Standard surgery is performed via open thoracotomy or video-assisted thoracoscopy, and involves thoracic duct mass ligation above the diaphragm with creation of a pericardial window [5]. In our patient, direct clipping of a lymphatic running above the innominate vein and thymic ligation stopped the leakage of lymph, so we completed surgery without ligating the thoracic duct. There is a risk of insufficient lymph drainage and lower limb edema after thoracic duct ligation, so it is preferable to avoid it if possible. Leakage of lymph does not always occur from a single site and may even develop at a site unrelated to the previous surgical field. In the present case, leakage was detected at 2 sites and chylopericardium was eliminated by treating these leaks. If the site of lymphatic leakage cannot be identified when the surgical field is reopened, ligation of the thoracic duct is the second choice. However, abundant leakage may be readily identifiable in patients like ours with chylopericardium causing cardiac tamponade.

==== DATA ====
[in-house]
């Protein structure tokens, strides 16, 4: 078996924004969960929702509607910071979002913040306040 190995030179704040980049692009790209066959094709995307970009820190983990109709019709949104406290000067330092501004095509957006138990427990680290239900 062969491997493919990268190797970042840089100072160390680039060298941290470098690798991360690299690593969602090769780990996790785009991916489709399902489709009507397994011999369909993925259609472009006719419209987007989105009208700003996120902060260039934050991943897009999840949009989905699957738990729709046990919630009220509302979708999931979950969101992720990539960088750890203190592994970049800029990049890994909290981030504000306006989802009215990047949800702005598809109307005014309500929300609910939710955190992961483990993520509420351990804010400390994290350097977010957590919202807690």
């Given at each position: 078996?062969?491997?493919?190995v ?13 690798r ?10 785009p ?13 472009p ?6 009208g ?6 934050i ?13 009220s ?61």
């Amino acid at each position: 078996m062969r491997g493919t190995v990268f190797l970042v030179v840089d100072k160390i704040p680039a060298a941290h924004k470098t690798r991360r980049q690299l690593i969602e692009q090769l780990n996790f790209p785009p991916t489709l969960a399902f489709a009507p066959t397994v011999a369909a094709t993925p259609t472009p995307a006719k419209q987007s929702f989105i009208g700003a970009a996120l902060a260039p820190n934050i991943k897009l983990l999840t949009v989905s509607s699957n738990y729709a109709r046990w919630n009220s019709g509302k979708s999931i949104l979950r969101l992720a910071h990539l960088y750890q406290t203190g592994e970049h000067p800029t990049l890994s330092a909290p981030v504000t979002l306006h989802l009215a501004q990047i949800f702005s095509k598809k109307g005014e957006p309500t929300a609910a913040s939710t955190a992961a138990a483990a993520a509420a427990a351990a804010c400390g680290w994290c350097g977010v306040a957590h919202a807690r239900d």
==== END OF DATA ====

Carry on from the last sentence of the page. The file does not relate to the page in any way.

Conclusions

The most likely mechanism of injury to the lymphatic running above the innominate vein in our patient was traction during manipulation of the heart and aorta, while leakage after thymic transection might have occurred because electrocautery was not effective since thin-walled lymphatics contain little coagulable material [1].

In conclusion, surgical intervention may be required for medically uncontrollable chylopericardium after cardiotomy. Careful retraction and treatment of the transected thymus are important to prevent leakage of lymph and chylopericardium should be remembered as a possible cause of postoperative cardiac tamponade.